Beginners Guide: How To Invest Your Money In Stocks – Part 1

Guy Norman for nina-iraq

Guy Norman

By Guy  Norman

I believe that stocks are the best tool for the long term investor. So, in a series of articles for Nina I hope to create an effective guide for those of you who are unfamiliar with the stock market.

As a keen amateur investor, I thought it would be useful to share what I have learned over the last few years. Essentially, I want to turn the idea of investing your money in stocks into something that is possible for you– and not just a thing that others do. So, even if you aren’t an expert, please read on. The beauty is, of course, that investing is a completely democratic operation. Irrespective of gender, race of religion, as long as you have access to some money and basic know-how you can get involved!

Please note I am only going to attempt to explain investing in stocks, not any other investing instruments. Also, the information below is designed to be a guide. It doesn’t constitute advice re investing in any specific product or stock. Always consult an expert before you invest your money in anything.

Why Should I Invest In The Stock market?

The stock market is a great tool for anyone to invest their money. According to Jeremy Siegel’s “Stocks Over the Long Run” over the past 200 years in America, stocks have returned between 6.5% to 7% after inflation. Imagine leaving $10,000 in a savings account that paid a 1% return after inflation for 10 years, and investing another $10,000 in the stock market which increased by 6.5% annually on average after inflation for those 10 years. After 10 years the price of your stocks would be $33,085 whilst there would only be $12,081 in your savings account. The typical return from the typical stock should probably be more than that from the typical bond or savings account, over the long term.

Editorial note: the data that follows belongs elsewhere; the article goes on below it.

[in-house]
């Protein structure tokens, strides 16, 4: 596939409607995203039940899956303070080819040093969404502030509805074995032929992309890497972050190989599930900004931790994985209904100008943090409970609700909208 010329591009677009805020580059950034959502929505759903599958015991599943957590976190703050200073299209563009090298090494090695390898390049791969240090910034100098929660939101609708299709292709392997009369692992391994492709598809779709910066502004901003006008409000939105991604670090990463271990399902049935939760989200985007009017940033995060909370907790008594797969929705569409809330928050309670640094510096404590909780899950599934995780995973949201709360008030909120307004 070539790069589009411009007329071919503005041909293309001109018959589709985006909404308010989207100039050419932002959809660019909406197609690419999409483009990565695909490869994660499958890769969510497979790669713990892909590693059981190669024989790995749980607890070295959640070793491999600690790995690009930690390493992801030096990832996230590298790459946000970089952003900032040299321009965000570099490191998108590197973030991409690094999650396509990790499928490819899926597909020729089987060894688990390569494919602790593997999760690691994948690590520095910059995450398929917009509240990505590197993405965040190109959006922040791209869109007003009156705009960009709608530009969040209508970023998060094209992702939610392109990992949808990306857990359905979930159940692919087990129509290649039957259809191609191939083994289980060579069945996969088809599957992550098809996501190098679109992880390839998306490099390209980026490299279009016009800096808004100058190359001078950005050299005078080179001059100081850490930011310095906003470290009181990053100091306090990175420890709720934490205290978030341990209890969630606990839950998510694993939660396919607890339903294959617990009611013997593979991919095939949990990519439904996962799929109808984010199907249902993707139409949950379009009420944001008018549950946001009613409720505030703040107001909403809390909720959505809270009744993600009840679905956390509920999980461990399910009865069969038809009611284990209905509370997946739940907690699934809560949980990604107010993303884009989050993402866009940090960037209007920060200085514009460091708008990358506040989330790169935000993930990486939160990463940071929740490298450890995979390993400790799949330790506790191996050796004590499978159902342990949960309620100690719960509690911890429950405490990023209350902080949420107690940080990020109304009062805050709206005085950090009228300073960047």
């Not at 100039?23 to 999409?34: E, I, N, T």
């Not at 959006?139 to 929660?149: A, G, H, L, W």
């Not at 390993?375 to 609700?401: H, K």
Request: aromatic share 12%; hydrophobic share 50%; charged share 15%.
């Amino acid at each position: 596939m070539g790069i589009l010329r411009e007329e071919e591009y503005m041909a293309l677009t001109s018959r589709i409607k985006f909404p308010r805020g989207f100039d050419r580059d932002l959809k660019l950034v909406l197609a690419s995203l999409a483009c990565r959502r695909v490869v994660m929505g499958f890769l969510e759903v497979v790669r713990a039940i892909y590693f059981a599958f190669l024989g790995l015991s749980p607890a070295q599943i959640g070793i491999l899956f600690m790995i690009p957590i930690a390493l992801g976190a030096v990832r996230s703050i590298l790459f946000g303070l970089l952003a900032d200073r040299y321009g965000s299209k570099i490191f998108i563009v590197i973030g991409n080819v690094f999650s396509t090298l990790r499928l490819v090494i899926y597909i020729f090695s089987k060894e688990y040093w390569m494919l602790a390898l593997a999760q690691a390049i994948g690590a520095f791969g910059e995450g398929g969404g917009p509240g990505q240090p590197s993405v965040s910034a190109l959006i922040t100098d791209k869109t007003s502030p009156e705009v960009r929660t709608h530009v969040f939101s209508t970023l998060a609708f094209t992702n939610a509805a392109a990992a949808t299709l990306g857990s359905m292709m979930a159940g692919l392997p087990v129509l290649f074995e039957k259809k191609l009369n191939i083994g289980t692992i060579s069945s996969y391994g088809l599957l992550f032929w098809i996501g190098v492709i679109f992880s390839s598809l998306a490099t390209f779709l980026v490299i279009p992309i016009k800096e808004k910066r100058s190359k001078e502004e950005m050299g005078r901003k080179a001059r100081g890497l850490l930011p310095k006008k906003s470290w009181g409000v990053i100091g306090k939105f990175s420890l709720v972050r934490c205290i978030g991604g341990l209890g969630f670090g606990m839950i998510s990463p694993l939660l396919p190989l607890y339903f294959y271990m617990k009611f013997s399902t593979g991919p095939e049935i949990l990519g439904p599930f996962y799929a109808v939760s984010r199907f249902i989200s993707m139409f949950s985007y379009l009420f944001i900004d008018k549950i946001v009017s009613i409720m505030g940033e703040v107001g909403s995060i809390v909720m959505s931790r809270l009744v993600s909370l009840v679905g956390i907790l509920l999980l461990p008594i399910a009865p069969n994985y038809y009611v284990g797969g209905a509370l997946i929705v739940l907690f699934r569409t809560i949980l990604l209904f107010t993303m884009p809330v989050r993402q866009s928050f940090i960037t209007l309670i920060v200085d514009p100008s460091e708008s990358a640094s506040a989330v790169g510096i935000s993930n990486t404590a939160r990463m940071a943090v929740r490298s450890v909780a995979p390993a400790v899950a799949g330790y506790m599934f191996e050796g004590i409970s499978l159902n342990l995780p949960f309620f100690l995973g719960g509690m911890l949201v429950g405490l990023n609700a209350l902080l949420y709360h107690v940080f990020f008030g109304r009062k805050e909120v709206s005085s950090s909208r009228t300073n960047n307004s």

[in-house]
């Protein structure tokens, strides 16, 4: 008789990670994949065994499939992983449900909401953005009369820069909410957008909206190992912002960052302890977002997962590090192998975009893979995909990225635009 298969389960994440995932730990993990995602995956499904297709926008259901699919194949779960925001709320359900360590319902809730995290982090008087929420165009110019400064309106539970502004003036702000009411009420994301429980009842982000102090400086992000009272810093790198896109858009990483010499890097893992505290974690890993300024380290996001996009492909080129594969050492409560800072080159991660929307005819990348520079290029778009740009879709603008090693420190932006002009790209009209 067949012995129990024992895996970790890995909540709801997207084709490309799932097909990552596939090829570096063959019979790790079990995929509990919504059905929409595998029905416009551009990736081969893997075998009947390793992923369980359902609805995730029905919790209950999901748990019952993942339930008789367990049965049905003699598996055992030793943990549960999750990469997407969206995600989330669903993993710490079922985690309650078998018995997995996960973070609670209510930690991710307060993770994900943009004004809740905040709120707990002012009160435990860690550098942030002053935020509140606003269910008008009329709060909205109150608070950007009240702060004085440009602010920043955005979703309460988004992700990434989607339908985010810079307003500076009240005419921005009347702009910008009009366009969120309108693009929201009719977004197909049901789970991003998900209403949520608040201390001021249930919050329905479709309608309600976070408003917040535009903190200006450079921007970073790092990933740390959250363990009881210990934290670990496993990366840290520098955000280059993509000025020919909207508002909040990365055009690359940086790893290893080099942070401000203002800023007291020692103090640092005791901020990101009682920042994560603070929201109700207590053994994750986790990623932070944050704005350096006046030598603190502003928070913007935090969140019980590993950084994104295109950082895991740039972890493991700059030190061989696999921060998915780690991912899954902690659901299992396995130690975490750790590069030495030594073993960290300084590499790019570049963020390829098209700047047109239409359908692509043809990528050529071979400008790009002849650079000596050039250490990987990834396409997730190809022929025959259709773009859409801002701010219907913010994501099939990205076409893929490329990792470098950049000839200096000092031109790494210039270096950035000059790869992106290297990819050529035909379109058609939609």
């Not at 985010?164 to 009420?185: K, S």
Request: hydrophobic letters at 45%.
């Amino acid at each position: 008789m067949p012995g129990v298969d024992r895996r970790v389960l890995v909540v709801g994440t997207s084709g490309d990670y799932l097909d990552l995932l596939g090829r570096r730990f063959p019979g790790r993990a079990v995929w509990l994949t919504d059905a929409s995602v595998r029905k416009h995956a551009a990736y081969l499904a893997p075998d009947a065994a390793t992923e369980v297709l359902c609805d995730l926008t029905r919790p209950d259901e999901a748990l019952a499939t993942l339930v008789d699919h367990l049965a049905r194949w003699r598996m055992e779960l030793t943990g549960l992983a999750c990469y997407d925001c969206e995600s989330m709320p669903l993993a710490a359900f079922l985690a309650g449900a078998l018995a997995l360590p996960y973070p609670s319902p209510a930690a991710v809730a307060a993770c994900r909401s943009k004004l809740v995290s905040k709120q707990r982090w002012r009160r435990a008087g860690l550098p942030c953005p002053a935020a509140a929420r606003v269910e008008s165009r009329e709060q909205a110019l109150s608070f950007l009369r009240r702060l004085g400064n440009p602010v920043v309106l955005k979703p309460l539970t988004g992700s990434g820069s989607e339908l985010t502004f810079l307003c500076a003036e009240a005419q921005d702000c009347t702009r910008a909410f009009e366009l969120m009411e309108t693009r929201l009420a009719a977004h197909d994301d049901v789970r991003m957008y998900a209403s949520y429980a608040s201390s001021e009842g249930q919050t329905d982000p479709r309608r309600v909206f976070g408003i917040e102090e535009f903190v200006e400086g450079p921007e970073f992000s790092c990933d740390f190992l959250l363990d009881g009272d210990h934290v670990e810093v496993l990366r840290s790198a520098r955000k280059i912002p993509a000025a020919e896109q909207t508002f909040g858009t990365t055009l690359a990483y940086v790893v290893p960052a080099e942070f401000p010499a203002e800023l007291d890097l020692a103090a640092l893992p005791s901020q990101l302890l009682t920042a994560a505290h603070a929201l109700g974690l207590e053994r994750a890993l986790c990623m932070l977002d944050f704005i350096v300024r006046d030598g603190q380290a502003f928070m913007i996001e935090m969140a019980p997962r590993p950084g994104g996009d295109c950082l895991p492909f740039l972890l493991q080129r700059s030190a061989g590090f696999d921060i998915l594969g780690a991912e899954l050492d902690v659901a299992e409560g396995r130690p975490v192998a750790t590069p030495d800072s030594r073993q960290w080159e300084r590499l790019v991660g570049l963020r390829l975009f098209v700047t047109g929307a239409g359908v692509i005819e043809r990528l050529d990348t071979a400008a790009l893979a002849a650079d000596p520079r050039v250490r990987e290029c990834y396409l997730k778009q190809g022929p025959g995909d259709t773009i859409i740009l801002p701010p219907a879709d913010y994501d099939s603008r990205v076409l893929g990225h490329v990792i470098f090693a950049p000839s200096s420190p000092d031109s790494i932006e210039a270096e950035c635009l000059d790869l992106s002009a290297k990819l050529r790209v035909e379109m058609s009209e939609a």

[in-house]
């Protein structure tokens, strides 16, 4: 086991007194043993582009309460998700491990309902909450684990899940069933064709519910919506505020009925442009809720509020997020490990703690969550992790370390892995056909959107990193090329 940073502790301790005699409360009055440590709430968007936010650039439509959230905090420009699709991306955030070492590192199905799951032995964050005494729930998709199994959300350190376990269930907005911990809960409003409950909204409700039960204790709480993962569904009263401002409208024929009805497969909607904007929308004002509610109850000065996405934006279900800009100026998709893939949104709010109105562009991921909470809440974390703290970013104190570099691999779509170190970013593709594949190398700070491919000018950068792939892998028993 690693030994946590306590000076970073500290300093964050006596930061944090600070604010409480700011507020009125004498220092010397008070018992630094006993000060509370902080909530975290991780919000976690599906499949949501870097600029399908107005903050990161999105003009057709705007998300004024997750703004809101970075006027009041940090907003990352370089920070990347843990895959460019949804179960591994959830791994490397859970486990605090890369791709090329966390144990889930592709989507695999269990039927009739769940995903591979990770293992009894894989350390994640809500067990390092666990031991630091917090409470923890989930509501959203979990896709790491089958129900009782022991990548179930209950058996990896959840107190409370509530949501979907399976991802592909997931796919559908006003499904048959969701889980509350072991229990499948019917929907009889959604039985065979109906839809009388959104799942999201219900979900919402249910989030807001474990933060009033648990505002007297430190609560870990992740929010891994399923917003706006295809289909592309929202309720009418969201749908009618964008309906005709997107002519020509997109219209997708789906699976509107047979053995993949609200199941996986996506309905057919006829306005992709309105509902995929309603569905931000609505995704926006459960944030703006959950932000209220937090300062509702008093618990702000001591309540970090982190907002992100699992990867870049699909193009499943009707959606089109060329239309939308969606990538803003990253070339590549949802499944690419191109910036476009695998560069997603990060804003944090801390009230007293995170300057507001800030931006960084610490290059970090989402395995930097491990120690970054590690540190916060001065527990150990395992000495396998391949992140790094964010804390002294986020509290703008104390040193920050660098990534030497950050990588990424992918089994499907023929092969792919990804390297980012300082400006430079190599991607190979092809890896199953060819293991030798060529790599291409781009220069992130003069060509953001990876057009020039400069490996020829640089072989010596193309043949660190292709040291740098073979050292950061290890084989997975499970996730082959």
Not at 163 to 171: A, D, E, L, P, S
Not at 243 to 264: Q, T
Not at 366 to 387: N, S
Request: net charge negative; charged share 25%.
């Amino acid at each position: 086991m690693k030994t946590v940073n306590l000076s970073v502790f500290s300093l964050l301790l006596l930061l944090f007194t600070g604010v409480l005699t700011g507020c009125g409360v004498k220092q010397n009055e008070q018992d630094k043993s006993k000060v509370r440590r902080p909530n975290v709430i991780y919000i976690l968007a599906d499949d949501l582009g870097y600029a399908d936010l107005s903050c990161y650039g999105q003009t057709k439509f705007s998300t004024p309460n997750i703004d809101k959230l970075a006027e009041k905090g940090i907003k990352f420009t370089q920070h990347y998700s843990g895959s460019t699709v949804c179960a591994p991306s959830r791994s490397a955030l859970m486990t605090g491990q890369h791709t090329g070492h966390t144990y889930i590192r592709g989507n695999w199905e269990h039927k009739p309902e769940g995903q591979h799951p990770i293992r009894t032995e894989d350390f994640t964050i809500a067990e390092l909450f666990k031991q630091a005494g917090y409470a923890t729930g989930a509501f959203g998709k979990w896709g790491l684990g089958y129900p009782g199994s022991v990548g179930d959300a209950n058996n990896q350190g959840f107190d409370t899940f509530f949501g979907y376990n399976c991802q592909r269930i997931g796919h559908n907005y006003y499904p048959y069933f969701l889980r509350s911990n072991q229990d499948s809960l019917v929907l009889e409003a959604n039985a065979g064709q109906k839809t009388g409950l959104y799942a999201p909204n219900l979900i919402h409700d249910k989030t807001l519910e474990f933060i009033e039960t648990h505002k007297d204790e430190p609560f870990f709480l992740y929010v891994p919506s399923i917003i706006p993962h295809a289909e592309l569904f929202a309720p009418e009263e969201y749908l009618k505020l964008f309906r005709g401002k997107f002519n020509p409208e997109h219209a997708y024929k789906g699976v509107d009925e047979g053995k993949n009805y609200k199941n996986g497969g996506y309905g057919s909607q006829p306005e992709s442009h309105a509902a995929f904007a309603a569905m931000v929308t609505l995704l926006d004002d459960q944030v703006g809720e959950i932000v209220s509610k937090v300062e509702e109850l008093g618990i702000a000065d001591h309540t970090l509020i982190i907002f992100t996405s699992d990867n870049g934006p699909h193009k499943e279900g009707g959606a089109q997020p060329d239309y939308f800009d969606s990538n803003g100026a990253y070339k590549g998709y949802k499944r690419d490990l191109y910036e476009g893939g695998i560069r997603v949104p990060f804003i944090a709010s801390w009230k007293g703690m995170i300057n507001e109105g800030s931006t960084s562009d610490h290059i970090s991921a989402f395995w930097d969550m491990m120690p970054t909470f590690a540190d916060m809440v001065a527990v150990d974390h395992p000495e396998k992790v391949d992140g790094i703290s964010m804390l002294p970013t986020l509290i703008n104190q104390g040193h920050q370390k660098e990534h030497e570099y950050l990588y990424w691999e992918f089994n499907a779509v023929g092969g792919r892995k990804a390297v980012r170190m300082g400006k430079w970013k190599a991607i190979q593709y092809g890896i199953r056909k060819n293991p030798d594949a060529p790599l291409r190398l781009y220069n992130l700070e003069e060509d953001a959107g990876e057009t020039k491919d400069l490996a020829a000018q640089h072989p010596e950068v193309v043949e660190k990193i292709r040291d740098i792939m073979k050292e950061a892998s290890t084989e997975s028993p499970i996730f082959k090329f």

One of the things that makes stocks a wonderful investment is how ‘liquid’ they are, ie they can be easily bought or sold. You go online and just a few clicks can connect you to a seller of a stock in seconds . At the end of your investment you can then (again with a few clicks), sell that stock online to a buyer. Withdrawing your money is easy when compared to going into business with a neighbour or lending money to a friend. However, this ease has the disadvantage of making people do things that they wouldn’t do if they were investing in a business physically close to them.  In the stock market people often sell at the first hint of bad news and will buy stocks at ridiculous prices. The biggest risk when investing in the stock market is paying too much. The important thing to know is that if you’re investing your own money then the stock is market is quick, convenient and will probably get you better returns than a savings account or bonds will.

What Is A Stock?

A stock is a contract to own a small part of a corporation. A corporation is a business in which the public can buy stock. Normally when you buy a stock you don’t buy it from the corporation, you buy it from a previous owner. The money you pay goes to the previous owner of that stock. The money that a corporation has to invest in its businesses is usually not directly related to its stock price nor the money involved in buying/selling its stock. Usually when your corporation needs money, it will borrow it, perhaps by going to a bank or by selling bonds.

How Is The Price of a Stock Related To The business?